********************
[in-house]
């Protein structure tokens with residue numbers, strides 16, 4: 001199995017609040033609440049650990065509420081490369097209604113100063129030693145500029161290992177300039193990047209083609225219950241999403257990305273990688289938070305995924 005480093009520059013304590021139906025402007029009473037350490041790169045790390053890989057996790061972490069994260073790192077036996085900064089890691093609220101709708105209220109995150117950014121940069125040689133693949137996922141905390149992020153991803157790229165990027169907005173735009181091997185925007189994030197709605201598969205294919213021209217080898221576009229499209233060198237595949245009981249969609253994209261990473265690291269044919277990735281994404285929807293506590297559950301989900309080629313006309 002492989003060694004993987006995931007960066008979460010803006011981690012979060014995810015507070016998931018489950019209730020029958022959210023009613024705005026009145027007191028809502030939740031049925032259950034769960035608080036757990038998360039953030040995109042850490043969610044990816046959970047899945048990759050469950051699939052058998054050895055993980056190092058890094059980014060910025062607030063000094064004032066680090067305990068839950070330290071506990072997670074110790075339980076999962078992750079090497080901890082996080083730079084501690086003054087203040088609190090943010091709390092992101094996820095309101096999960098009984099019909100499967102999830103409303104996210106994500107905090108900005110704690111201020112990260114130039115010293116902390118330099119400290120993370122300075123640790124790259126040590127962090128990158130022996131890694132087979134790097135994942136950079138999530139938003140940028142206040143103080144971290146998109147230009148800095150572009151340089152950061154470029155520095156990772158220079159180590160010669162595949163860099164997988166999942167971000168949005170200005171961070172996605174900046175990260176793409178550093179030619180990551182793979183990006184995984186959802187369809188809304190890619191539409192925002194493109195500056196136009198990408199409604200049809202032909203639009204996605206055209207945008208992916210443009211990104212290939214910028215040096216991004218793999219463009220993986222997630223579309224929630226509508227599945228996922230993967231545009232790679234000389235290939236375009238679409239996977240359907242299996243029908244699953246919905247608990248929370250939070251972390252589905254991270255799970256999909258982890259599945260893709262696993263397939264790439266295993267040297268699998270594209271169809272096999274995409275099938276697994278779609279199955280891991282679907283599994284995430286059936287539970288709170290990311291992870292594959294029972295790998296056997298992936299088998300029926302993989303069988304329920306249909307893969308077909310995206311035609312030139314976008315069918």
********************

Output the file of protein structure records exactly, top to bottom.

[in-house]
């Protein structure tokens with residue numbers, strides 16, 4: 001199995017609040033609440049650990065509420081490369097209604113100063129030693145500029161290992177300039193990047209083609225219950241999403257990305273990688289938070305995924 005480093009520059013304590021139906025402007029009473037350490041790169045790390053890989057996790061972490069994260073790192077036996085900064089890691093609220101709708105209220109995150117950014121940069125040689133693949137996922141905390149992020153991803157790229165990027169907005173735009181091997185925007189994030197709605201598969205294919213021209217080898221576009229499209233060198237595949245009981249969609253994209261990473265690291269044919277990735281994404285929807293506590297559950301989900309080629313006309 002492989003060694004993987006995931007960066008979460010803006011981690012979060014995810015507070016998931018489950019209730020029958022959210023009613024705005026009145027007191028809502030939740031049925032259950034769960035608080036757990038998360039953030040995109042850490043969610044990816046959970047899945048990759050469950051699939052058998054050895055993980056190092058890094059980014060910025062607030063000094064004032066680090067305990068839950070330290071506990072997670074110790075339980076999962078992750079090497080901890082996080083730079084501690086003054087203040088609190090943010091709390092992101094996820095309101096999960098009984099019909100499967102999830103409303104996210106994500107905090108900005110704690111201020112990260114130039115010293116902390118330099119400290120993370122300075123640790124790259126040590127962090128990158130022996131890694132087979134790097135994942136950079138999530139938003140940028142206040143103080144971290146998109147230009148800095150572009151340089152950061154470029155520095156990772158220079159180590160010669162595949163860099164997988166999942167971000168949005170200005171961070172996605174900046175990260176793409178550093179030619180990551182793979183990006184995984186959802187369809188809304190890619191539409192925002194493109195500056196136009198990408199409604200049809202032909203639009204996605206055209207945008208992916210443009211990104212290939214910028215040096216991004218793999219463009220993986222997630223579309224929630226509508227599945228996922230993967231545009232790679234000389235290939236375009238679409239996977240359907242299996243029908244699953246919905247608990248929370250939070251972390252589905254991270255799970256999909258982890259599945260893709262696993263397939264790439266295993267040297268699998270594209271169809272096999274995409275099938276697994278779609279199955280891991282679907283599994284995430286059936287539970288709170290990311291992870292594959294029972295790998296056997298992936299088998300029926302993989303069988304329920306249909307893969308077909310995206311035609312030139314976008315069918």